EG: What we’re focusing in on right now are currently cases where the person is still incarcerated. And a lot of these plea cases, especially with low level crime, the person is pleading in order to get out of prison, and they’re moving on with their lives and they don’t have the resources or the organizations like the Innocence Project going back and bringing these petitions.

We have looked at pleas, we do look at pleas, but we’re really focusing our resources on the people currently incarcerated. So I think in a lot of plea cases you don’t have people still in jail.

Victoria Mckenzie is Deputy Editor of The Crime Report. Readers’ comments are welcome.


Justice Reformers Focus on Prosecutor Races

After Larry Krasner’s victory in Philadelphia, civil rights advocates are looking at DA contests in cities like Dallas, Baltimore, Charlotte, Los Angeles, Oakland, San Diego and St. Louis. George Soros is backing the effort.

National civil rights organizations are teaming with local groups to push their agendas in  district attorney races, where a few thousand votes can determine who asserts the most influence over the local justice system, NBC News reports. Picking targets carefully, crunching election data to influence pivotal voter blocs, and benefiting from the largesse of George Soros, crusaders have racked up big wins, most recently in Philadelphia, where civil rights lawyer Larry Krasner was elected chief prosecutor last year. Using Krasner as proof that their strategy can work, the American Civil Liberties Union, Color of Change and like-minded political action committees now focusing on 2018 races, with Dallas at the front of a list that could also include Baltimore, Charlotte, Los Angeles, Oakland, San Diego and St. Louis, as well as parts of Massachusetts, Oklahoma and Oregon.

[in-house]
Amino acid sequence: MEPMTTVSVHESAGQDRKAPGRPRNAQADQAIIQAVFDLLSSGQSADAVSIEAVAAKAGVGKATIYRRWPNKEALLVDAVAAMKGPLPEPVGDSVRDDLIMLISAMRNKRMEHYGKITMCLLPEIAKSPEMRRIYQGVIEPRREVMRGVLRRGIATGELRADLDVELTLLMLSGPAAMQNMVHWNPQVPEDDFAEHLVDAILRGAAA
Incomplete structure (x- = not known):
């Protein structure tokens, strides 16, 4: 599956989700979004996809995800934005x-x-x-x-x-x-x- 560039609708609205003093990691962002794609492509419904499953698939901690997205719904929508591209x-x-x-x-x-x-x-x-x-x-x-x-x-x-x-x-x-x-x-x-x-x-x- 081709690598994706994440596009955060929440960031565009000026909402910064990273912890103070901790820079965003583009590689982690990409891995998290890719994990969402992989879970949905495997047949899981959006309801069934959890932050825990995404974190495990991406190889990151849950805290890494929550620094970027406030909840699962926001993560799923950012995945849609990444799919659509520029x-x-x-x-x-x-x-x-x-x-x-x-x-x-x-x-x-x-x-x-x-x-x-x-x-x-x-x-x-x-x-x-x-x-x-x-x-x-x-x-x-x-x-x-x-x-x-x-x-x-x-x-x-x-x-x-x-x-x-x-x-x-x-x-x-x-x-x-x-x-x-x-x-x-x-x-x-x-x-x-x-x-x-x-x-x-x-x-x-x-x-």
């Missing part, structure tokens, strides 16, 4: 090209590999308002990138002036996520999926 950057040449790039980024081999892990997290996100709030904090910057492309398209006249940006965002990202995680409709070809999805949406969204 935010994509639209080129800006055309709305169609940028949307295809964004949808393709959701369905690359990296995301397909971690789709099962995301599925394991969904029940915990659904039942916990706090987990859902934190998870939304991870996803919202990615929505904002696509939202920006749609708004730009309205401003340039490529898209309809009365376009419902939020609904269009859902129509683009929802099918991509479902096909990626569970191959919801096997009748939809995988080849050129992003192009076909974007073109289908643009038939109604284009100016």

Each will involve targeted voter-education drives and the hiring of formerly prisoners to canvass neighborhoods, asking voters to demand that candidates pledge to curb mass incarceration. “We want to send a clear message that these are the real issues and the litmus test in the election, and to demonstrate the public demand for it,” said Scott Roberts of Color of Change, which organizes online campaigns focused on ending injustices against African-Americans. Stanford law Prof. David Sklansky, who studies prosecutors, says that, “In a growing number of races, people have defeated incumbents by running on platforms that are very policy heavy. They’re not calling for more punishment, but more sensible policies,” from police oversight to criminal sentencing. The trend in 2013, when Ken Thompson defeated longtime Brooklyn District Attorney Charles Hynes. Since then, self-described reform candidates have won in Chicago, Denver, Houston, and Orlando, and in smaller jurisdictions in Louisiana, Mississippi, New Mexico and Texas.